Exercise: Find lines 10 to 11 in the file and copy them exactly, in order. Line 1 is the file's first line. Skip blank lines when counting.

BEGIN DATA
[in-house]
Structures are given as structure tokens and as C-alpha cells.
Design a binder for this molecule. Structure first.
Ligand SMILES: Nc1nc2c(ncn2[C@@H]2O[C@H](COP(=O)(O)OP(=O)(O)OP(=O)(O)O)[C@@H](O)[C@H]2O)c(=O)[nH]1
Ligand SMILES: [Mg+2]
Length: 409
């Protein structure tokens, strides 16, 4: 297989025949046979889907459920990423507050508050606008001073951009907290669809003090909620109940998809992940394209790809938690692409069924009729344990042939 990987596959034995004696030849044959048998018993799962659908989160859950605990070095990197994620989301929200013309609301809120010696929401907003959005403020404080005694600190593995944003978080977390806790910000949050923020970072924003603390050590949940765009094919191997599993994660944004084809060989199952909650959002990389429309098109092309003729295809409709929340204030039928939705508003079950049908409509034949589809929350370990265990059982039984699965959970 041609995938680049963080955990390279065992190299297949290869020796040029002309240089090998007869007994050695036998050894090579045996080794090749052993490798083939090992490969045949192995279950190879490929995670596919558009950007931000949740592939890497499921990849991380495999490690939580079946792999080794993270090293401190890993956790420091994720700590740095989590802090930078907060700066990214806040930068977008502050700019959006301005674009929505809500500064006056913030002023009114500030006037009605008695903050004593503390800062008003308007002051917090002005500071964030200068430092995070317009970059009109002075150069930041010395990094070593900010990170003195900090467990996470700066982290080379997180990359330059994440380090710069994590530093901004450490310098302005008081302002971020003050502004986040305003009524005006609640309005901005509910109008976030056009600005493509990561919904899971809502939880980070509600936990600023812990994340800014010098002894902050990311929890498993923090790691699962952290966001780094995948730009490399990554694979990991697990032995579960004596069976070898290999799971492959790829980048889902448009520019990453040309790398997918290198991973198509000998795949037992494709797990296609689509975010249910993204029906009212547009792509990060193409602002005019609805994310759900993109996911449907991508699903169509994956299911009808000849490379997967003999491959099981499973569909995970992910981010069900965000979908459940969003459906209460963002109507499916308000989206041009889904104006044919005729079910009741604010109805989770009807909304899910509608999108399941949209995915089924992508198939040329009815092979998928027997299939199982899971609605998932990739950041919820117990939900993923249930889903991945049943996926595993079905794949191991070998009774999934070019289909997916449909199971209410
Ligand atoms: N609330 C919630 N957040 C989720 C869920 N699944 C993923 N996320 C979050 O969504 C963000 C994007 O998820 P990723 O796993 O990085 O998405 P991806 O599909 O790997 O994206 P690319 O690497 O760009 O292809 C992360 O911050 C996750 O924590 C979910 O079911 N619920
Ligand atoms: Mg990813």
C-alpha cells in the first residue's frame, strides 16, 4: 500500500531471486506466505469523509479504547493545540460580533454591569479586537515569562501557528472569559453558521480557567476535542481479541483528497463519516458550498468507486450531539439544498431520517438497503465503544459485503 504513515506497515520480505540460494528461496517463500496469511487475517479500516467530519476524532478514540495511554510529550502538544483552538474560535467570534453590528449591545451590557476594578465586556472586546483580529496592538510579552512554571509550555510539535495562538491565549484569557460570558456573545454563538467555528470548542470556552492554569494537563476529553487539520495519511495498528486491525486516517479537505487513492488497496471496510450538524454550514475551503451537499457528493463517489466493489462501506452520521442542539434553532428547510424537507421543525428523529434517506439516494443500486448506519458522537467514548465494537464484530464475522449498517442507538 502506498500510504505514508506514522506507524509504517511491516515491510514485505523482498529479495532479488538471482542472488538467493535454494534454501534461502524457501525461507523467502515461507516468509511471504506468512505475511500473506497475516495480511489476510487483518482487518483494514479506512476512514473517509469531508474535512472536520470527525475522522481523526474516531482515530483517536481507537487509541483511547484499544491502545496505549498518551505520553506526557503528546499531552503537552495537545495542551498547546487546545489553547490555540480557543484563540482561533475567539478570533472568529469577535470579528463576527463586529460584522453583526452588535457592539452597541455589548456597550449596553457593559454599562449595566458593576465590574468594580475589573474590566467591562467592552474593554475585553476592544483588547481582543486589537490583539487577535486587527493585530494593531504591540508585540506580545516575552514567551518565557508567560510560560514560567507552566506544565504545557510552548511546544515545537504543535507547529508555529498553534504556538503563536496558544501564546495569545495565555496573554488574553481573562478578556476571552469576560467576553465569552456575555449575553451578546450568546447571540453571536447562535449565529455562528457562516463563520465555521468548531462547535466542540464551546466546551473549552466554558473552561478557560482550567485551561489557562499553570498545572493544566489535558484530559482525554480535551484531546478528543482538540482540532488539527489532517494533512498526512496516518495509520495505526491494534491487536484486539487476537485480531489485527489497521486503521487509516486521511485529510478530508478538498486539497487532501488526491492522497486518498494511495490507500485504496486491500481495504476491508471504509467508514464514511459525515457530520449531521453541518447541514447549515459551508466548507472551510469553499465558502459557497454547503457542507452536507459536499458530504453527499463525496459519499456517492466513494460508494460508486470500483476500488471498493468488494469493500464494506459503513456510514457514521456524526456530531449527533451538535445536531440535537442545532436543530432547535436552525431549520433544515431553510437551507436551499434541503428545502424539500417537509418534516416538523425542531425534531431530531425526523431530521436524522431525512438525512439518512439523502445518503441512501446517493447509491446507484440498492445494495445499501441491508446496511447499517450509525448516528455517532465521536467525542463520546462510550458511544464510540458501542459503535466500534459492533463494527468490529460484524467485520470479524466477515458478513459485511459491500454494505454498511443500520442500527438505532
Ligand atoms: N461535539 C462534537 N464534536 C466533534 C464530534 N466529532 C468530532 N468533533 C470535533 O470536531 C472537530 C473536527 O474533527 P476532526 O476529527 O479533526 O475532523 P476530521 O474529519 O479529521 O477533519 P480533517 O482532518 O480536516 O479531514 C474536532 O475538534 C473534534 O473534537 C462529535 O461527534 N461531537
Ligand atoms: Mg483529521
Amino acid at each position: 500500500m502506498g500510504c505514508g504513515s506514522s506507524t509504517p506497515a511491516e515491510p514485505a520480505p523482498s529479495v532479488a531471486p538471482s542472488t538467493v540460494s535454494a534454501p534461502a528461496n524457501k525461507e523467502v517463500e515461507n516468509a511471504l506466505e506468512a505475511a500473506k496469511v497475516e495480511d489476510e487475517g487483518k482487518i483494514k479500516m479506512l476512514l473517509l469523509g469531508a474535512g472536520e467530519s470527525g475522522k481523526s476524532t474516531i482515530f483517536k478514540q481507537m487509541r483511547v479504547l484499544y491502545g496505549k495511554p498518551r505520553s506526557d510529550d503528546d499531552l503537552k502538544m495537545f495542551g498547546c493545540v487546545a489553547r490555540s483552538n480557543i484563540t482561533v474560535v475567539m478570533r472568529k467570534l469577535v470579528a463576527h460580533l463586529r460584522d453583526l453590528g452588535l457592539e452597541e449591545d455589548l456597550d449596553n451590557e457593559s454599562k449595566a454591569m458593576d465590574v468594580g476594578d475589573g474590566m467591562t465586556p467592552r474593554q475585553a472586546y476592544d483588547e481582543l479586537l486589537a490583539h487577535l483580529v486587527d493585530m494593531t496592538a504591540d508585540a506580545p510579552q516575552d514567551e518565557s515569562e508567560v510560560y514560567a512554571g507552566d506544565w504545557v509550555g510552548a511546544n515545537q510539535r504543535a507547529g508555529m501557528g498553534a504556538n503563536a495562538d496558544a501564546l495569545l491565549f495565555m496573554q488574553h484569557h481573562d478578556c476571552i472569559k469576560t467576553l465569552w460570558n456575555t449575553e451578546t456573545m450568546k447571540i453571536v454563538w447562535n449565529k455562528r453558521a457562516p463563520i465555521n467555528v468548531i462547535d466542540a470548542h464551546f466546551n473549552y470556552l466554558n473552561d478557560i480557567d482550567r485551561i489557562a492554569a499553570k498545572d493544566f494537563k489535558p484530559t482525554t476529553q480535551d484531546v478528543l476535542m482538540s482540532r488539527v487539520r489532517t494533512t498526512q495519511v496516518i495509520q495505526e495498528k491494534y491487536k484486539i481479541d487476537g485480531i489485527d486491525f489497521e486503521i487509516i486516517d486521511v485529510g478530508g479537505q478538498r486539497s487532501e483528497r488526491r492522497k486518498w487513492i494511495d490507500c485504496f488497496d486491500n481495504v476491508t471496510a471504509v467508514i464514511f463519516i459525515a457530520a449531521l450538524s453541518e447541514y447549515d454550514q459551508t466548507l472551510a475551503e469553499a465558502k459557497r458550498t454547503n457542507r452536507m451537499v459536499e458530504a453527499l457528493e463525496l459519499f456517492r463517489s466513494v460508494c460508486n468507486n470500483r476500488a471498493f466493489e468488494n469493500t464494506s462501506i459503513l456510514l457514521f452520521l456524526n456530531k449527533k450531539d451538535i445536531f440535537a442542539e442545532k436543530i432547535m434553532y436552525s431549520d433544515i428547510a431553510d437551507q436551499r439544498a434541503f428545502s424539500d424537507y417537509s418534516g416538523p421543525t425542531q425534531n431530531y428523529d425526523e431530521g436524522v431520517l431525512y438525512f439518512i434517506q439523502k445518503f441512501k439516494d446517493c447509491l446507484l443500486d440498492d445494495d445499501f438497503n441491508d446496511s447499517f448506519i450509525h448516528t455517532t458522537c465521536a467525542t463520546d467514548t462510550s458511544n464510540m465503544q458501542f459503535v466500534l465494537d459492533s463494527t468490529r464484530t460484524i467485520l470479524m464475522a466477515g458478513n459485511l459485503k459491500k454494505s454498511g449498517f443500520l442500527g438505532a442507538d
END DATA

C-alpha cells in the first residue's frame, strides 16, 4: 500500500531471486506466505469523509479504547493545540460580533454591569479586537515569562501557528472569559453558521480557567476535542481479541483528497463519516458550498468507486450531539439544498431520517438497503465503544459485503 504513515506497515520480505540460494528461496517463500496469511487475517479500516467530519476524532478514540495511554510529550502538544483552538474560535467570534453590528449591545451590557476594578465586556472586546483580529496592538510579552512554571509550555510539535495562538491565549484569557460570558456573545454563538467555528470548542470556552492554569494537563476529553487539520495519511495498528486491525486516517479537505487513492488497496471496510450538524454550514475551503451537499457528493463517489466493489462501506452520521442542539434553532428547510424537507421543525428523529434517506439516494443500486448506519458522537467514548465494537464484530464475522449498517442507538 502506498500510504505514508506514522506507524509504517511491516515491510514485505523482498529479495532479488538471482542472488538467493535454494534454501534461502524457501525461507523467502515461507516468509511471504506468512505475511500473506497475516495480511489476510487483518482487518483494514479506512476512514473517509469531508474535512472536520470527525475522522481523526474516531482515530483517536481507537487509541483511547484499544491502545496505549498518551505520553506526557503528546499531552503537552495537545495542551498547546487546545489553547490555540480557543484563540482561533475567539478570533472568529469577535470579528463576527463586529460584522453583526452588535457592539452597541455589548456597550449596553457593559454599562449595566458593576465590574468594580475589573474590566467591562467592552474593554475585553476592544483588547481582543486589537490583539487577535486587527493585530494593531504591540508585540506580545516575552514567551518565557508567560510560560514560567507552566506544565504545557510552548511546544515545537504543535507547529508555529498553534504556538503563536496558544501564546495569545495565555496573554488574553481573562478578556476571552469576560467576553465569552456575555449575553451578546450568546447571540453571536447562535449565529455562528457562516463563520465555521468548531462547535466542540464551546466546551473549552466554558473552561478557560482550567485551561489557562499553570498545572493544566489535558484530559482525554480535551484531546478528543482538540482540532488539527489532517494533512498526512496516518495509520495505526491494534491487536484486539487476537485480531489485527489497521486503521487509516486521511485529510478530508478538498486539497487532501488526491492522497486518498494511495490507500485504496486491500481495504476491508471504509467508514464514511459525515457530520449531521453541518447541514447549515459551508466548507472551510469553499465558502459557497454547503457542507452536507459536499458530504453527499463525496459519499456517492466513494460508494460508486470500483476500488471498493468488494469493500464494506459503513456510514457514521456524526456530531449527533451538535445536531440535537442545532436543530432547535436552525431549520433544515431553510437551507436551499434541503428545502424539500417537509418534516416538523425542531425534531431530531425526523431530521436524522431525512438525512439518512439523502445518503441512501446517493447509491446507484440498492445494495445499501441491508446496511447499517450509525448516528455517532465521536467525542463520546462510550458511544464510540458501542459503535466500534459492533463494527468490529460484524467485520470479524466477515458478513459485511459491500454494505454498511443500520442500527438505532
Ligand atoms: N461535539 C462534537 N464534536 C466533534 C464530534 N466529532 C468530532 N468533533 C470535533 O470536531 C472537530 C473536527 O474533527 P476532526 O476529527 O479533526 O475532523 P476530521 O474529519 O479529521 O477533519 P480533517 O482532518 O480536516 O479531514 C474536532 O475538534 C473534534 O473534537 C462529535 O461527534 N461531537